ERIC Number: ED256244
Record Type: RIE
Publication Date: 1984-Mar
Reference Count: 0
Using a Learning Model to Integrate Study Skills into a Peer-Tutoring Program. College Reading and Learning Assistance Technical Report 84-03.
Schmelzer, Ronald V.; And Others
The use of a learning model in a peer tutoring program is discussed. Although the tutorial function is often a priority, the goal of the peer-tutoring program is to help students become independent learners. To eliminate the need for tutoring, it is necessary to determine why the student is having academic problems. To train peer tutors, a paradigm of the learning process is used that is based on a computer model of information processing. This Integrated Learning Model (ILM) has five phases: preparation, input, processing, storage, and output. In an initial training session, tutors are asked to name activities that relate to the learning process. These activities are grouped according to the five main phases of the ILM. In additional training sessions, tutors are provided case notes of students that include diagnostic information. The tutor's task is to determine the possible contributing factors to problem areas. Finally, tutors learn interviewing strategies needed to determine in what phase the student's learning is breaking down. A list of key questions that tutors incorporated into their interviews is included. In addition to explaining the learning phases, the paper identifies the strengths and weaknesses of the ILM. (SW)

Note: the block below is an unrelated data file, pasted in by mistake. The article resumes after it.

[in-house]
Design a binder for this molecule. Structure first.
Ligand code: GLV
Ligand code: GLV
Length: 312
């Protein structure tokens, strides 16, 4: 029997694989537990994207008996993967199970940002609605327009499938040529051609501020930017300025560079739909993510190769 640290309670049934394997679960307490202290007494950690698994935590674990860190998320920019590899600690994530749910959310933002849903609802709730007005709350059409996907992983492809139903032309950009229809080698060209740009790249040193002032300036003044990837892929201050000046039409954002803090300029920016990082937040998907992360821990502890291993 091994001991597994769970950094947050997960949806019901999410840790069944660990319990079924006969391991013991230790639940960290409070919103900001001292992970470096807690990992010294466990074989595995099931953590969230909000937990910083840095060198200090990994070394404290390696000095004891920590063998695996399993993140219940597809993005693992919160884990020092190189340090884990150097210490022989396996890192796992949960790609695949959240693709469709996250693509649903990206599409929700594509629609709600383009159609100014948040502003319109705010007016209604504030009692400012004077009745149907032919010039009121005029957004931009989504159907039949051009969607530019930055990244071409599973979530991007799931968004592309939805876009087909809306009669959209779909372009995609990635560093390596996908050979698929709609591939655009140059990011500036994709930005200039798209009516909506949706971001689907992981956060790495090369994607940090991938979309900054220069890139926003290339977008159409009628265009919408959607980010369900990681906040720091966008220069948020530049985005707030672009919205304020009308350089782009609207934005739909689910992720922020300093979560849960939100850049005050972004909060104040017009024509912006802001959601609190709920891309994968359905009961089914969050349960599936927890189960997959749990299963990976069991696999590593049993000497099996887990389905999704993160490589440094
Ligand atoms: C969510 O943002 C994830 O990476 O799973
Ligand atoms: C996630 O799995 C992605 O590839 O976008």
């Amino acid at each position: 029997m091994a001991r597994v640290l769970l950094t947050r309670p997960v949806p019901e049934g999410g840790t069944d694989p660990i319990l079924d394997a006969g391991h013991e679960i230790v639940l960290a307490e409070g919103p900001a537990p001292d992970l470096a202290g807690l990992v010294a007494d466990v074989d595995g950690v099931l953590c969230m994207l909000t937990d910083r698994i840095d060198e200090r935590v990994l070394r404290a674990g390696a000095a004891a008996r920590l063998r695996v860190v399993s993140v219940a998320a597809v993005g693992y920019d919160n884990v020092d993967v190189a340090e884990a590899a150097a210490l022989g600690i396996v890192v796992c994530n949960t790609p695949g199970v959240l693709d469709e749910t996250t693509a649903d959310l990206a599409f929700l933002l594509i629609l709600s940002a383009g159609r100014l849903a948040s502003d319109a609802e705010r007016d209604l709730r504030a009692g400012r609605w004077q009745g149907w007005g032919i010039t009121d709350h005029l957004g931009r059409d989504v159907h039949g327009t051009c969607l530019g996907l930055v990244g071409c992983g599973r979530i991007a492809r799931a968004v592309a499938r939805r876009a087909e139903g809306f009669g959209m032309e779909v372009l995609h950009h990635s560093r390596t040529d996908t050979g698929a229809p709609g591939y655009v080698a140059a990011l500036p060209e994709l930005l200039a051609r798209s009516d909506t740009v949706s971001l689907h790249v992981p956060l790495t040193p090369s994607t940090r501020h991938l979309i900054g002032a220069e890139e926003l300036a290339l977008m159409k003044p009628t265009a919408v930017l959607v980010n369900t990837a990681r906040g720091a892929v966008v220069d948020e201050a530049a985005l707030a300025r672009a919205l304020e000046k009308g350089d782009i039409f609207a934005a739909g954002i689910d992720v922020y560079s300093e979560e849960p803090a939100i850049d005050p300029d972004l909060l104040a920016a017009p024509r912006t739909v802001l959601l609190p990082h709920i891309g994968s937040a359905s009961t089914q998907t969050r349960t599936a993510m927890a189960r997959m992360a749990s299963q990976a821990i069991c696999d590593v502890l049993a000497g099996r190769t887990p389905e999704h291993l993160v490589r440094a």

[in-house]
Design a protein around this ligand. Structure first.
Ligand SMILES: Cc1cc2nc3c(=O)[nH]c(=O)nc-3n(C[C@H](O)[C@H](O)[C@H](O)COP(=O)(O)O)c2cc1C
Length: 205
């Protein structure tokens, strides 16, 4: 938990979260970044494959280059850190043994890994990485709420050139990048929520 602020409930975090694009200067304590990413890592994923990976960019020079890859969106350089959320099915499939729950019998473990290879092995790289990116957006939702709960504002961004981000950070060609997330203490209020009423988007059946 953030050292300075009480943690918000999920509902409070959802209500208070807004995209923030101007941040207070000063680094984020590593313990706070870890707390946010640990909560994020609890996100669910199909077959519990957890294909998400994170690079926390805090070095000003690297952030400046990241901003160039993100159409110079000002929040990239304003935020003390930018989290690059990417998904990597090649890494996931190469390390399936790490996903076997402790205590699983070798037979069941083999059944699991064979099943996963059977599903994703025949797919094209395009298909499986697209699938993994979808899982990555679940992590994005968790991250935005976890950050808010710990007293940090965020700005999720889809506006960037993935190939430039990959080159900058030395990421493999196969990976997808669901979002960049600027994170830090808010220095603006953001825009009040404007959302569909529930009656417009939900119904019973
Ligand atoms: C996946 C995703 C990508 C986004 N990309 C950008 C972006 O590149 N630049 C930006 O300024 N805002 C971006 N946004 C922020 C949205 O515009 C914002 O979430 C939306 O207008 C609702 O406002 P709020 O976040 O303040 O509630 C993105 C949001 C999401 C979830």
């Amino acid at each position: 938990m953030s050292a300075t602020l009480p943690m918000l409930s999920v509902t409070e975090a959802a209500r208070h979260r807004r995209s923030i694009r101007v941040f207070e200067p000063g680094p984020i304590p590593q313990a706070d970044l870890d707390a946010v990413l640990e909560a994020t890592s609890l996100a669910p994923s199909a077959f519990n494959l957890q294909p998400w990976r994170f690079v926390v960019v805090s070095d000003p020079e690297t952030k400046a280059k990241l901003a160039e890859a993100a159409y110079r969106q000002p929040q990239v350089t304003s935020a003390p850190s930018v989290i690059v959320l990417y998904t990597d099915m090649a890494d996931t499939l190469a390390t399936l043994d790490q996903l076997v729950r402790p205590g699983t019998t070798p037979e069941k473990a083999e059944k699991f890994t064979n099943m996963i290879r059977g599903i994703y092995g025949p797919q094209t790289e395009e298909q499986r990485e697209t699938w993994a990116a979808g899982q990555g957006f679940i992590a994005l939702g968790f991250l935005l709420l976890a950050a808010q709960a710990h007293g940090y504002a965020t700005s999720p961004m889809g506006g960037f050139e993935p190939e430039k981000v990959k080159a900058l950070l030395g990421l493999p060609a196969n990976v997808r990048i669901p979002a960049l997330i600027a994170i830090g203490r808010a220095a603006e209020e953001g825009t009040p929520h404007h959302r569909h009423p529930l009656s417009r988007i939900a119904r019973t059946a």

Publication Type: Reports - Descriptive; Guides - Non-Classroom
Education Level: N/A
Audience: Teachers; Counselors; Practitioners
Authoring Institution: Georgia State Univ., Atlanta.